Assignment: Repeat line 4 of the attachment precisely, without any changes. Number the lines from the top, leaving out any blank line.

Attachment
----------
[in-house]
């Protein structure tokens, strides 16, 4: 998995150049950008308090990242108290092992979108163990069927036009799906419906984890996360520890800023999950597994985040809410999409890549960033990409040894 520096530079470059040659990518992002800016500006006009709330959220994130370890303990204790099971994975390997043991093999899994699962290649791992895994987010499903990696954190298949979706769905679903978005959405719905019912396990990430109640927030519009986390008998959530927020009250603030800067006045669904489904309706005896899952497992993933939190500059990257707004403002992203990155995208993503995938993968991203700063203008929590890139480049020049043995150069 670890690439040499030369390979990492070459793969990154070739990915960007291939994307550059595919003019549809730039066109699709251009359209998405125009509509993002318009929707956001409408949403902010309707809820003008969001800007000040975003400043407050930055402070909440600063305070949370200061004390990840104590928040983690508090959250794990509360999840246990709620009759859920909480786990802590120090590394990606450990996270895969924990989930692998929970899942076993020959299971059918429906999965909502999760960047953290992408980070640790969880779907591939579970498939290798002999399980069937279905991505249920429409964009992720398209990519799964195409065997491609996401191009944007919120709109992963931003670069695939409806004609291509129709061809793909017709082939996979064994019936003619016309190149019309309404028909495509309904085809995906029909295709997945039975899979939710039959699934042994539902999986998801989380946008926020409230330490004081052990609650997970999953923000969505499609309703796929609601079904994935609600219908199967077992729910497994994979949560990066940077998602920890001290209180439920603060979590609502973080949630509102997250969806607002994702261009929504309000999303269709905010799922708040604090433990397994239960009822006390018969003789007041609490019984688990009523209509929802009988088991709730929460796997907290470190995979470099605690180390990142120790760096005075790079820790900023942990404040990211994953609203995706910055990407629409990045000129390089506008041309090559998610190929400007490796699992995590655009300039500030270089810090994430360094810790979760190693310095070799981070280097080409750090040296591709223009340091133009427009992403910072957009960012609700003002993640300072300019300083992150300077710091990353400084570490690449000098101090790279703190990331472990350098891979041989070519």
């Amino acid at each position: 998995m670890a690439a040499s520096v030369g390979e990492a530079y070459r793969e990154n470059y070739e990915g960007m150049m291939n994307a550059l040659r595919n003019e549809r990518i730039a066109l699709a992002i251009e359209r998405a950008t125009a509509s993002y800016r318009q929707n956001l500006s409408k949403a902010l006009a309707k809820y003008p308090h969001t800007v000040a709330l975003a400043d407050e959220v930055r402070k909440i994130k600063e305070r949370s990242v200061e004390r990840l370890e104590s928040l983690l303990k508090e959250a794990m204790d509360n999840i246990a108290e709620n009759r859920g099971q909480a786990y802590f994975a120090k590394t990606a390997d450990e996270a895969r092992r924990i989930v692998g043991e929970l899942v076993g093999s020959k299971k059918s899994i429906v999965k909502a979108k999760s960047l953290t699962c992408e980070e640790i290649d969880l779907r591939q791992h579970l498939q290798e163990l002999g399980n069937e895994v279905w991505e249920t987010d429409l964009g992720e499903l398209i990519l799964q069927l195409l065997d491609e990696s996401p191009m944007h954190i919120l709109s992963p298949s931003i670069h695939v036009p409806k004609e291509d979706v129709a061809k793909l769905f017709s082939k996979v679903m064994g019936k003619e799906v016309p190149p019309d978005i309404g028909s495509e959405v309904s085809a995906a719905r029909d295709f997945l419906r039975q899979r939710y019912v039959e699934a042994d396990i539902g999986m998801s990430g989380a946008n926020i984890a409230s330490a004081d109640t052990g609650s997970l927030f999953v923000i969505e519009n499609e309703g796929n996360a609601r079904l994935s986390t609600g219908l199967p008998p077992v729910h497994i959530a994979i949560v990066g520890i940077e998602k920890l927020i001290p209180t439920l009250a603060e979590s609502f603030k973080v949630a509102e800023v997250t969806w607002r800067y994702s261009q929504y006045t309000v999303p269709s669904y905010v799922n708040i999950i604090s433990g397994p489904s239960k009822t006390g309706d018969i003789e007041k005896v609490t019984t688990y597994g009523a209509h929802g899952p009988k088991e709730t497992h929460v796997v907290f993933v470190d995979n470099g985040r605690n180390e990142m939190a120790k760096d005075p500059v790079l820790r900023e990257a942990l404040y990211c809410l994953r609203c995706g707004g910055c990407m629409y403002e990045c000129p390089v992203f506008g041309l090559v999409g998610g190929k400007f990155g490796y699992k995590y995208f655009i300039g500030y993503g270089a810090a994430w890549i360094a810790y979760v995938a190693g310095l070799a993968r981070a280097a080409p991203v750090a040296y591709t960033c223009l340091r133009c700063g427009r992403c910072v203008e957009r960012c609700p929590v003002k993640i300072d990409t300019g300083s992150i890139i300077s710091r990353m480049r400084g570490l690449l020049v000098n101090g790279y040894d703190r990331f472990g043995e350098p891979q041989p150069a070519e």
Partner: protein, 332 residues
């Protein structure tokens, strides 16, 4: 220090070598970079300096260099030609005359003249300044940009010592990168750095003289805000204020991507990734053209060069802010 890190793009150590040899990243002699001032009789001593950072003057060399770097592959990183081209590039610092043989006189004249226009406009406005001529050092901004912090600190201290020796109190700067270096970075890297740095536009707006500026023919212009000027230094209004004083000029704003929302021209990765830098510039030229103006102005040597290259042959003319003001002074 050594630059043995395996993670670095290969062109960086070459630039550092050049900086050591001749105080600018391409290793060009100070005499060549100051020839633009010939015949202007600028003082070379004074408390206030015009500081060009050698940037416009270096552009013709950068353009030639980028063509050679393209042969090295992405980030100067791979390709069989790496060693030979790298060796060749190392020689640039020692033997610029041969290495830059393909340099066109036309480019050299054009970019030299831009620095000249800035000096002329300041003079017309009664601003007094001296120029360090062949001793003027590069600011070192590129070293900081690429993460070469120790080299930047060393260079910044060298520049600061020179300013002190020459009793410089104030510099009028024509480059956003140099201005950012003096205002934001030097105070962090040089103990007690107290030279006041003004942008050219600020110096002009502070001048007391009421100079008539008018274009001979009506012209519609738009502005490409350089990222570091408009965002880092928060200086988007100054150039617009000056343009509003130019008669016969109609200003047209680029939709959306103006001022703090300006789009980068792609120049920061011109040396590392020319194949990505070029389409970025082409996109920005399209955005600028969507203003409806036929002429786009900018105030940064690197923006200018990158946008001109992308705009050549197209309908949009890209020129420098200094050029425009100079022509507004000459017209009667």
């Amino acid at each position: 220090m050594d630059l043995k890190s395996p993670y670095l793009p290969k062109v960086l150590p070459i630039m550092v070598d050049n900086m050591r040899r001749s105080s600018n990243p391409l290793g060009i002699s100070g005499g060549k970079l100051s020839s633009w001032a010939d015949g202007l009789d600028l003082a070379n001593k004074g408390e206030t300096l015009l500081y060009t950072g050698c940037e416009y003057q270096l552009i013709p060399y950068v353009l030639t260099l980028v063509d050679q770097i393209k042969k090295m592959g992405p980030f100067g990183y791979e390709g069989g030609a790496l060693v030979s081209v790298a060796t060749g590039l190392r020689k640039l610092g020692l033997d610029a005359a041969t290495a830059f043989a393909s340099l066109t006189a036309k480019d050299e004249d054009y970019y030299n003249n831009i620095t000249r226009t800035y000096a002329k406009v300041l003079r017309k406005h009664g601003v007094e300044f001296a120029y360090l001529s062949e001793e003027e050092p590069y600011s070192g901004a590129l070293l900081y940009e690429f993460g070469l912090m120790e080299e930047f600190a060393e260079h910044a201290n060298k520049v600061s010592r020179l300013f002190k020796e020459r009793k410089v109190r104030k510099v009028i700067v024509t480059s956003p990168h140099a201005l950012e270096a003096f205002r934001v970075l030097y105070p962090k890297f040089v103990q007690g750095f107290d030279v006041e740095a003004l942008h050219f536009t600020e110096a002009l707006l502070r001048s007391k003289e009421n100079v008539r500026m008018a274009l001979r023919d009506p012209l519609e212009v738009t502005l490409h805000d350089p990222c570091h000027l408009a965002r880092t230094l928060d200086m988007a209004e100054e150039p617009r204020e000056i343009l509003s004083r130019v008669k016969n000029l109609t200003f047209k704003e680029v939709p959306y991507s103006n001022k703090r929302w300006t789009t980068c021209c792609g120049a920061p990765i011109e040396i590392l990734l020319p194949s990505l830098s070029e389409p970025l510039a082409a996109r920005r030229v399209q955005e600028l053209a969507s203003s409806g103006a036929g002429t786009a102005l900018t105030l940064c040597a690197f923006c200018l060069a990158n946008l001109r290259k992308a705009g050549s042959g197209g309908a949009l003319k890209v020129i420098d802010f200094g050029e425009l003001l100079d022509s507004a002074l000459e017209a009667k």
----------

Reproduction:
Partner: protein, 332 residues